2. Ideas. More than one novel idea I have involves the geriatric population and dementia. My work gives me access to people and situations that provoke ideas. Also, when trying to describe things I see, I come away with great lines like “stomped vegetable nose”.
  3. Income. It will take money to make money as an author, and working provides that resource. Also having a paycheck means I can afford traveling and other experiences that will enrich my stories.

Since I really do enjoy being an activity director, it’s difficult for me to imagine not being around seniors. Perhaps if I do need to give up traditional work in the future I can still volunteer to get my old people fix. My blog A Smile Among Wrinkles can tell you a little more about that part of my life.

 

What do/would you miss about working?

 

What Not to Do When Your Friend is OverDue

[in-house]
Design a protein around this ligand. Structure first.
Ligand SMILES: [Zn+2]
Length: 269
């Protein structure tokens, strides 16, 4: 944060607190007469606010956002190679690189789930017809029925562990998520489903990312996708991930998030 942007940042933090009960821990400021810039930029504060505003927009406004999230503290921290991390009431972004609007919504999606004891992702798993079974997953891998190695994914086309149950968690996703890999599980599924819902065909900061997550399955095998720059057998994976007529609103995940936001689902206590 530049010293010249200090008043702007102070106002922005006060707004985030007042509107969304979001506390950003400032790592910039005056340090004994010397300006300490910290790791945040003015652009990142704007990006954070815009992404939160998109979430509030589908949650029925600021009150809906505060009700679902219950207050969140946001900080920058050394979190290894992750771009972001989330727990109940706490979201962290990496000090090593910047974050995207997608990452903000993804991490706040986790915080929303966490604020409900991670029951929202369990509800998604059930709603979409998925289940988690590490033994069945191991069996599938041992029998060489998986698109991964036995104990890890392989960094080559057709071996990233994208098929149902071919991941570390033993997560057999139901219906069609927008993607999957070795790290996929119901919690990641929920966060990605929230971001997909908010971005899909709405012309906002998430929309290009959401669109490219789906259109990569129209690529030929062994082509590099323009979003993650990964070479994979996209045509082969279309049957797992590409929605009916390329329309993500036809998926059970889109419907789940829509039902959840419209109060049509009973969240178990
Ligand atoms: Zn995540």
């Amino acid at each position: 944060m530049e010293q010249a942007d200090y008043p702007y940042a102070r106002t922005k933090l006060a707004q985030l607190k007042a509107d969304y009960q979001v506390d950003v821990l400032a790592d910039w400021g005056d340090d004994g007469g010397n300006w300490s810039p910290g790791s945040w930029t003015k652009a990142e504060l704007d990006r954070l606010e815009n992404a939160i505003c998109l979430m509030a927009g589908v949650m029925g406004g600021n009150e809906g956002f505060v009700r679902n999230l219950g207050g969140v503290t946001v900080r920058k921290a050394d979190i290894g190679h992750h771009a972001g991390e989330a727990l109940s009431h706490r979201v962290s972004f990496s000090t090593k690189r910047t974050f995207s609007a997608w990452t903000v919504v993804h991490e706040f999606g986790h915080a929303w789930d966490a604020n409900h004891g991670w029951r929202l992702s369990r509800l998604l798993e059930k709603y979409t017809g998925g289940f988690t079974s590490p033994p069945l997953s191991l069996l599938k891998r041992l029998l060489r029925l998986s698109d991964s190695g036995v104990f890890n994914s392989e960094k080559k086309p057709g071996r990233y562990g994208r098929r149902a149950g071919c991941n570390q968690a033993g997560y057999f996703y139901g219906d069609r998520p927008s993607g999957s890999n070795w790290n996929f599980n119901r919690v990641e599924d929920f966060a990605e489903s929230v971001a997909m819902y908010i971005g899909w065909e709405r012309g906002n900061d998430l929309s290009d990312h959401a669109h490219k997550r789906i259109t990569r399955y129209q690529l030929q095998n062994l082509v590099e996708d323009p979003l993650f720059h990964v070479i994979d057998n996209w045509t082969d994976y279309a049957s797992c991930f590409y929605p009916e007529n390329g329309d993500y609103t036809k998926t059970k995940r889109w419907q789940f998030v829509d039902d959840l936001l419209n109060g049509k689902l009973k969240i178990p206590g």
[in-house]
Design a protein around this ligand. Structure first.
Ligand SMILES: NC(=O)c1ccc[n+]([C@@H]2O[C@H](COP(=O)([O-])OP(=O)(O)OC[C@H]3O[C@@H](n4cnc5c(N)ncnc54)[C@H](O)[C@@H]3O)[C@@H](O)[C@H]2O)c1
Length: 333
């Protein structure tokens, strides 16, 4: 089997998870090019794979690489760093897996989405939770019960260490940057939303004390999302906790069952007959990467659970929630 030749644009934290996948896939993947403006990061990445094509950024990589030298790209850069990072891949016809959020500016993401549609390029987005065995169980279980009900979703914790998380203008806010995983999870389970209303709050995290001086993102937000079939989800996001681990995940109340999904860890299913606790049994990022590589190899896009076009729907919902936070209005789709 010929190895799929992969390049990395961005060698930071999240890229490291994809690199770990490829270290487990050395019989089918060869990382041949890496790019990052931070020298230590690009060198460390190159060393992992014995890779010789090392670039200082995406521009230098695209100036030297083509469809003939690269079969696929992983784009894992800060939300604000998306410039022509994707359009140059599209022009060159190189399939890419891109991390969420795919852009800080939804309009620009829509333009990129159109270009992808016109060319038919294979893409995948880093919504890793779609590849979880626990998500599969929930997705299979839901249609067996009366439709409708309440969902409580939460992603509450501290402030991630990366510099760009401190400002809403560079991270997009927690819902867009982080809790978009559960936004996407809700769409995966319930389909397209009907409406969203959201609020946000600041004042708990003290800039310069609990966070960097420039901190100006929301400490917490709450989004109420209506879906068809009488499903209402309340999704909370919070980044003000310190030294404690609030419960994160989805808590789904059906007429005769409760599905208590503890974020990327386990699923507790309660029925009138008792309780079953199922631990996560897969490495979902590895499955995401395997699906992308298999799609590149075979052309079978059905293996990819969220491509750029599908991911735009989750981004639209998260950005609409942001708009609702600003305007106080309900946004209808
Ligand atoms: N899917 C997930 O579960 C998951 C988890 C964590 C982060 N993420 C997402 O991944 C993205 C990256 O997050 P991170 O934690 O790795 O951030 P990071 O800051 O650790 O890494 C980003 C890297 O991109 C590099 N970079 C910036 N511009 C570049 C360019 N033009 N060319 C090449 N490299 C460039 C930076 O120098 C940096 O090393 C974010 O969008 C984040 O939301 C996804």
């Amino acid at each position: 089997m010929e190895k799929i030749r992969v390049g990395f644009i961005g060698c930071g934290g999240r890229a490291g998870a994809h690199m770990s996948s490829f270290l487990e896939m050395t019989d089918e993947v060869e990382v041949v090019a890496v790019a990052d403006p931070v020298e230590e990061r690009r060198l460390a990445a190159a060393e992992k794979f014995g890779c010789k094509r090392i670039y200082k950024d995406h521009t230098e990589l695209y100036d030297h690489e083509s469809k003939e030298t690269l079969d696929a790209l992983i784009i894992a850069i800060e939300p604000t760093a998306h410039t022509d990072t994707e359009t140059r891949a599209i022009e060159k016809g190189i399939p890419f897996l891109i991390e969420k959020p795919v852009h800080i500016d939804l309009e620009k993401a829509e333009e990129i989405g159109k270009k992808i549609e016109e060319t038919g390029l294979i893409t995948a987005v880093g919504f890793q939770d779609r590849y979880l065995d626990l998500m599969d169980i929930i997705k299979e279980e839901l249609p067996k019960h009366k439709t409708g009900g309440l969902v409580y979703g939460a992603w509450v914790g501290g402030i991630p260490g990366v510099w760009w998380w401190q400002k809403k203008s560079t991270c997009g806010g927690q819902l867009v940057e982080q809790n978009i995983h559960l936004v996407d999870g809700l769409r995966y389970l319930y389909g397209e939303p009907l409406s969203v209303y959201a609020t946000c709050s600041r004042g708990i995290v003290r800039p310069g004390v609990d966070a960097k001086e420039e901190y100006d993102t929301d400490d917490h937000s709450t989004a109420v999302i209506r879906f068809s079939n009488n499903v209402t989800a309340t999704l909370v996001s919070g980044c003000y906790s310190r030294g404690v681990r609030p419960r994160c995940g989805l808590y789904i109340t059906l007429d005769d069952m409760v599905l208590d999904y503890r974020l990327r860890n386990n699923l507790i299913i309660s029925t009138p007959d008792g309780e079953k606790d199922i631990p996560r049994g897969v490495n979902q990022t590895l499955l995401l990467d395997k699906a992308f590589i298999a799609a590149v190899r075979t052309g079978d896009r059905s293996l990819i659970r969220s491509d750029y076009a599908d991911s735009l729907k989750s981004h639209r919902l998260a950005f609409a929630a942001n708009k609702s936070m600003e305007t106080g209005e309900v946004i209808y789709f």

Since I’ve experienced going past the 40 week mark with both babies, I feel able to talk about the preferences of overdue friends. In both circumstances I had people waiting on me to give birth before leave expired or a visit ended. Here is one way I described it:

My body is a single bedroom apartment staged for a solitary tenant- one bed, set of dishes, arm chair, etc. Yet I’m sharing it with someone. This is a person I love, but I can’t wait until they move out.

My suggestions for what not to do when your friend is overdue:

Author Ashley Crookham on her due date

1. Ask if you’ve had the baby yet. It’s better to make the assumption your friend has not had the baby yet. Chances are they will tell you when they do. If they have given birth, they can make the happy correction.

2. Judge the way they spend their overdue time. The best an overdue person can do is spend that time the way they want to keep themselves comfortable and not go crazy. If they want to sleep the whole time, don’t tell them to talk a walk or a ride on a rocky road. If they want to nest, don’t tell them to put down the laundry basket and vacuum cleaner and just wait for their child to get here in a dirty house.